Can An Emergency Spacewalk Save The International Space Station?


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Andrew Follett Energy and Science Reporter
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Two U.S. astronauts will perform an emergency mission to replace a vital computer system on the International Space Station (ISS) Tuesday.

Americans Peggy Whitson, the first-ever female station’s commander, and flight engineer Jack Fischer, will put on spacesuits and exit the space station to fix its main computer, which failed Saturday. Astronauts will have to install a replacement computer to help control all major U.S. systems aboard the ISS.

NASA isn’t sure why the computer broke.

A backup computer is keeping the station’s radiators, solar arrays, cooling loops and other critical hardware from failing, but the five-member crew of U.S., Russian and French Astronauts were never in any danger, NASA said in a statement.

Whitson, who holds a doctorate degree in biochemistry, assembled and successfully tested the components of the computer replacement—a “multiplexer-demultiplexer (MDM) data relay box”—Sunday. The spacewalk will last about two hours. It will be Whitson’s tenth spacewalk and Fischer’s second — both astronauts engaged in NASA’s 200th spacewalk earlier this month.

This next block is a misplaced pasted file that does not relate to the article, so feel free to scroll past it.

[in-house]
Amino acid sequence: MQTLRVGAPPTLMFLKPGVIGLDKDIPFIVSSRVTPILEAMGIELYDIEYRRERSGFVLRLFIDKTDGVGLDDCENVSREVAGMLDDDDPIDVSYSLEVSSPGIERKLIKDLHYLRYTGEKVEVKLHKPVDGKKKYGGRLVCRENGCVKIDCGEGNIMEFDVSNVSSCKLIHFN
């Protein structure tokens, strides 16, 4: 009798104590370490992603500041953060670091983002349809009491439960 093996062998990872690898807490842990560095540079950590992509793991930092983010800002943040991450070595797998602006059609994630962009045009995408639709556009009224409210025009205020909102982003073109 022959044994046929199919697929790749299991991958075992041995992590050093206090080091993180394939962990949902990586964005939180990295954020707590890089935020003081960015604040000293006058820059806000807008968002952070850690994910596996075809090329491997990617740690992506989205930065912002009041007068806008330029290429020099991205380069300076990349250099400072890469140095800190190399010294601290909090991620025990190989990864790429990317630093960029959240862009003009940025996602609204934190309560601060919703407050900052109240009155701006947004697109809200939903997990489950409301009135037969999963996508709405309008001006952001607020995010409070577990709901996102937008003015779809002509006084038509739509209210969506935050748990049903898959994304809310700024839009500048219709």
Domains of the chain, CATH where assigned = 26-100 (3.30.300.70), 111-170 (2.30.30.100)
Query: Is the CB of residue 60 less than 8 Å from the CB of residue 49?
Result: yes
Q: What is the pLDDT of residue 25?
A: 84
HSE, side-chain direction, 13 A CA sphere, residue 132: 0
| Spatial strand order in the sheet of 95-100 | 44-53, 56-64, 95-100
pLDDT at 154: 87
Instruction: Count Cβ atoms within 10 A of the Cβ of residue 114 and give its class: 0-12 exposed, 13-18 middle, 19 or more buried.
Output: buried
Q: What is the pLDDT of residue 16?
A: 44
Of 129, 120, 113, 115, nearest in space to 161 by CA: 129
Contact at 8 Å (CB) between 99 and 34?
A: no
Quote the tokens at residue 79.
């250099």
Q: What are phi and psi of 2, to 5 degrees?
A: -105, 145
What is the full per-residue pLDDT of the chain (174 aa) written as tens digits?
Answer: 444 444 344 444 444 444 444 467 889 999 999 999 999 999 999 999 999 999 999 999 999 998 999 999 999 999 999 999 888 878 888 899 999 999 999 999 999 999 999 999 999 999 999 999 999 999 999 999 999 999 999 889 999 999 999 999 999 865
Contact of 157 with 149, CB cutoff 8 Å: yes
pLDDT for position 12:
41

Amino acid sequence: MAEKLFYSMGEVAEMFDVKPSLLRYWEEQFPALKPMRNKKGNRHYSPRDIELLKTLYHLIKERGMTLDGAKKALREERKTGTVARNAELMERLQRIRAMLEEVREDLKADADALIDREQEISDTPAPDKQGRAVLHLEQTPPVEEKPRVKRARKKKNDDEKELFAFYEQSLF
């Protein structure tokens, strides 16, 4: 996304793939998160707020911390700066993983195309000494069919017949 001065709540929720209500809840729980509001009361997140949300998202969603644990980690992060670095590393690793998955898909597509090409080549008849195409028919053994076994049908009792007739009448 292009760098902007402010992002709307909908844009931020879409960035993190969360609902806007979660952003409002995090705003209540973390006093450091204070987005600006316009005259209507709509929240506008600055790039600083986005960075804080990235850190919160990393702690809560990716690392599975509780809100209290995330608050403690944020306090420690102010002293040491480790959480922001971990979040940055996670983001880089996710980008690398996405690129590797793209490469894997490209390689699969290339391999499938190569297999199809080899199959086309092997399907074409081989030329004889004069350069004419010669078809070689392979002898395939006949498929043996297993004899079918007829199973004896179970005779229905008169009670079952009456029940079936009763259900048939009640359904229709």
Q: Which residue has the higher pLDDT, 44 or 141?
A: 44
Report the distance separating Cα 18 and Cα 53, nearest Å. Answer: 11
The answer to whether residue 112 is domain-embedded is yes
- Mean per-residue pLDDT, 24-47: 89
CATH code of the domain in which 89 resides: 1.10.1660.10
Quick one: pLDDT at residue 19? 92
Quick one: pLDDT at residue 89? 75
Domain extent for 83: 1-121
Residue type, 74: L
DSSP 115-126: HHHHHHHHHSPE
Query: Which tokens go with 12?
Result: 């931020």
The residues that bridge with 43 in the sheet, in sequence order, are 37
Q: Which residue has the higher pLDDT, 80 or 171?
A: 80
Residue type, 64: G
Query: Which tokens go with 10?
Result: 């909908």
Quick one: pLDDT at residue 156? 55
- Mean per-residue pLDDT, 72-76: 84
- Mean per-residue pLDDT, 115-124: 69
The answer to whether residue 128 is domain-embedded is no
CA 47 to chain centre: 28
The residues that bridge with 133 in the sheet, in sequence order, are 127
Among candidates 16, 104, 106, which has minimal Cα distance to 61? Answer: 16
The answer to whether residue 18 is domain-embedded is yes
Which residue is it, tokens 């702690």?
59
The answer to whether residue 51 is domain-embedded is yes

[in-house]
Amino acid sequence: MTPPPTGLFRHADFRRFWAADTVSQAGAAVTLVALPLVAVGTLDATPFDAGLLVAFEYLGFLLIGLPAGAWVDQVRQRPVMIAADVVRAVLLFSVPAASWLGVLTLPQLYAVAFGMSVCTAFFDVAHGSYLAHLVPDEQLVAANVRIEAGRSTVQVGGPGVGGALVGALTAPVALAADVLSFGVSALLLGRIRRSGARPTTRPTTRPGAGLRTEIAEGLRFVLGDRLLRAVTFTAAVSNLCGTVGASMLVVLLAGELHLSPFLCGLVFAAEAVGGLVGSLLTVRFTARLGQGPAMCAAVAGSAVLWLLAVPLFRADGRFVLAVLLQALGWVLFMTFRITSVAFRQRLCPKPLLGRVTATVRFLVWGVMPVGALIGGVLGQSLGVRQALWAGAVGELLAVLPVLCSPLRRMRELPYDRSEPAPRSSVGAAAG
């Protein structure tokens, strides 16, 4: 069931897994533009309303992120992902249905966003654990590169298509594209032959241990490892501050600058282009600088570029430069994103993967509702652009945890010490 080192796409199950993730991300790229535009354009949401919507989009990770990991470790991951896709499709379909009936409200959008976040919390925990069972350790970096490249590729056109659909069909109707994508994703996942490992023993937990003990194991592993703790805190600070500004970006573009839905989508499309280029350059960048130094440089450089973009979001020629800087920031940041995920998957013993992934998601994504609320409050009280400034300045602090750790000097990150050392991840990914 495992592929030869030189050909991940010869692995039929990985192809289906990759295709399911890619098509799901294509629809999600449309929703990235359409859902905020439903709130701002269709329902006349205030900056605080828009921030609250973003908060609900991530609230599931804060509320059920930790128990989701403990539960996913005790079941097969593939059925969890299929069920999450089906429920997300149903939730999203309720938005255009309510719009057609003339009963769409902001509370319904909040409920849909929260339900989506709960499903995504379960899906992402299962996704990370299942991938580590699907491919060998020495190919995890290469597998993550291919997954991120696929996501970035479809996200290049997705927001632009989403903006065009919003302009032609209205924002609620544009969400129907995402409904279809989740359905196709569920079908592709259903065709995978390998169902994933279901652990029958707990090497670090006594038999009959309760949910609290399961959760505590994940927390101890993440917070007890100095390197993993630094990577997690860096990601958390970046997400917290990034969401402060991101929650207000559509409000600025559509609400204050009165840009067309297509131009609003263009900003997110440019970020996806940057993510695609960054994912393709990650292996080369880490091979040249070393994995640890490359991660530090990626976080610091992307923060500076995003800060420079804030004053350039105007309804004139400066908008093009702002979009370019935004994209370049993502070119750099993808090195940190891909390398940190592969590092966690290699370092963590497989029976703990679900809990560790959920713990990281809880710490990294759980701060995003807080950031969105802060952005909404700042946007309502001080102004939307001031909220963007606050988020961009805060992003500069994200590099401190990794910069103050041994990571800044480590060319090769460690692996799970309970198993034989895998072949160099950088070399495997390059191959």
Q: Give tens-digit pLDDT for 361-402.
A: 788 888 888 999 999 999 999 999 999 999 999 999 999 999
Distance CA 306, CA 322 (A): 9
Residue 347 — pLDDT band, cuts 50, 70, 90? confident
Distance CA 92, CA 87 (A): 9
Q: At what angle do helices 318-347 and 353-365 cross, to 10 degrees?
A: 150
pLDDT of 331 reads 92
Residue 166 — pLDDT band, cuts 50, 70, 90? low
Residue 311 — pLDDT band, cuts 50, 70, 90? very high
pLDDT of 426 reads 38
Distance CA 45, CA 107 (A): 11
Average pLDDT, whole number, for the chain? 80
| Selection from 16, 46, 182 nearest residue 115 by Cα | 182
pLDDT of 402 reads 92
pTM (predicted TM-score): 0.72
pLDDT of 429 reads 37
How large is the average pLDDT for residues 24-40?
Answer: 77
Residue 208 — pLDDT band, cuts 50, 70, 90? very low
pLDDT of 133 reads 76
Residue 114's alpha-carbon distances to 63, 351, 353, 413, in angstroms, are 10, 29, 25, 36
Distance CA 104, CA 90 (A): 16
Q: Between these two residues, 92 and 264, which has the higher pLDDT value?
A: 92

The spacewalk will begin early Tuesday morning and NASA plans to begin television coverage at 6:30 a.m.

Whitson will replace the computer data relay box while Fischer will install a pair of wireless communications antennas on the outside of the station. Whitson previously took part in the spacewalk that originally installed the computer system now being replaced in late March.

NASA’s last emergency spacewalk occurred in late 2015, when two U.S. astronauts exited the ISS to launch the brakes on a robot arm’s mobile transporter.

Whitson is the first woman to command the ISS in 2008 and holds the NASA record for most spacewalks by a woman.  In April, she broke the previous NASA record of 534 days in orbit over her entire career as an astronaut. This is her third long-duration stay on the space station.

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